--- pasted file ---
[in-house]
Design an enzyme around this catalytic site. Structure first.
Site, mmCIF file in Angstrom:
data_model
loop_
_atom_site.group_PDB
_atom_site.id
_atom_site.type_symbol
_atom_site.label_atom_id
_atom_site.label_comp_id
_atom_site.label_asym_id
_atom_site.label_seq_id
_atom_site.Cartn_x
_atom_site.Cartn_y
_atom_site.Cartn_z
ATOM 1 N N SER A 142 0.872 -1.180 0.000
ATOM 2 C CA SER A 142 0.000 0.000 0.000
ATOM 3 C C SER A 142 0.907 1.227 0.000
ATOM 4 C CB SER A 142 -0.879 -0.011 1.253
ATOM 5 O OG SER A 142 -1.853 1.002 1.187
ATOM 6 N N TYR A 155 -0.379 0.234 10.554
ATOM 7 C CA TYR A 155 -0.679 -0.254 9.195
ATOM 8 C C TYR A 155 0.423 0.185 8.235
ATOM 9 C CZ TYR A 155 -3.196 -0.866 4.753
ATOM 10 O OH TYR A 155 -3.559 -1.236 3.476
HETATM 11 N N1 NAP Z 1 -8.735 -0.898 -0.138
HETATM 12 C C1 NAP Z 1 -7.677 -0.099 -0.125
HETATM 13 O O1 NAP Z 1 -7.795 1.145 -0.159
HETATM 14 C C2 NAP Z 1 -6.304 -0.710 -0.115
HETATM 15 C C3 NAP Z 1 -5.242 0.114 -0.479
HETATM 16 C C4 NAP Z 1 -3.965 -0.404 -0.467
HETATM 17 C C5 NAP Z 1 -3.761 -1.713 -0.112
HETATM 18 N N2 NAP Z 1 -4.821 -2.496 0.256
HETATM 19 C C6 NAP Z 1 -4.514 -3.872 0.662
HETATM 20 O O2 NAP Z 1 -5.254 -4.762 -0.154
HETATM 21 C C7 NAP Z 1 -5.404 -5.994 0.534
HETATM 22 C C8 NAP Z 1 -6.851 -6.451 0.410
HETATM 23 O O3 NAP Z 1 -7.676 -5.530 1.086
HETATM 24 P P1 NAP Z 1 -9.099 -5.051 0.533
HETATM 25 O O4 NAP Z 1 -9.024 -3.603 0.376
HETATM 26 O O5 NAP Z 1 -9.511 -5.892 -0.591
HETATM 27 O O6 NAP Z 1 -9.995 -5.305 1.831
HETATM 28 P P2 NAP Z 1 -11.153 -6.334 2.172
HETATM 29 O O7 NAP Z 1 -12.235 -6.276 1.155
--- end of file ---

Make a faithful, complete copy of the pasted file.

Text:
[in-house]
Design an enzyme around this catalytic site. Structure first.
Site, mmCIF file in Angstrom:
data_model
loop_
_atom_site.group_PDB
_atom_site.id
_atom_site.type_symbol
_atom_site.label_atom_id
_atom_site.label_comp_id
_atom_site.label_asym_id
_atom_site.label_seq_id
_atom_site.Cartn_x
_atom_site.Cartn_y
_atom_site.Cartn_z
ATOM 1 N N SER A 142 0.872 -1.180 0.000
ATOM 2 C CA SER A 142 0.000 0.000 0.000
ATOM 3 C C SER A 142 0.907 1.227 0.000
ATOM 4 C CB SER A 142 -0.879 -0.011 1.253
ATOM 5 O OG SER A 142 -1.853 1.002 1.187
ATOM 6 N N TYR A 155 -0.379 0.234 10.554
ATOM 7 C CA TYR A 155 -0.679 -0.254 9.195
ATOM 8 C C TYR A 155 0.423 0.185 8.235
ATOM 9 C CZ TYR A 155 -3.196 -0.866 4.753
ATOM 10 O OH TYR A 155 -3.559 -1.236 3.476
HETATM 11 N N1 NAP Z 1 -8.735 -0.898 -0.138
HETATM 12 C C1 NAP Z 1 -7.677 -0.099 -0.125
HETATM 13 O O1 NAP Z 1 -7.795 1.145 -0.159
HETATM 14 C C2 NAP Z 1 -6.304 -0.710 -0.115
HETATM 15 C C3 NAP Z 1 -5.242 0.114 -0.479
HETATM 16 C C4 NAP Z 1 -3.965 -0.404 -0.467
HETATM 17 C C5 NAP Z 1 -3.761 -1.713 -0.112
HETATM 18 N N2 NAP Z 1 -4.821 -2.496 0.256
HETATM 19 C C6 NAP Z 1 -4.514 -3.872 0.662
HETATM 20 O O2 NAP Z 1 -5.254 -4.762 -0.154
HETATM 21 C C7 NAP Z 1 -5.404 -5.994 0.534
HETATM 22 C C8 NAP Z 1 -6.851 -6.451 0.410
HETATM 23 O O3 NAP Z 1 -7.676 -5.530 1.086
HETATM 24 P P1 NAP Z 1 -9.099 -5.051 0.533
HETATM 25 O O4 NAP Z 1 -9.024 -3.603 0.376
HETATM 26 O O5 NAP Z 1 -9.511 -5.892 -0.591
HETATM 27 O O6 NAP Z 1 -9.995 -5.305 1.831
HETATM 28 P P2 NAP Z 1 -11.153 -6.334 2.172
HETATM 29 O O7 NAP Z 1 -12.235 -6.276 1.155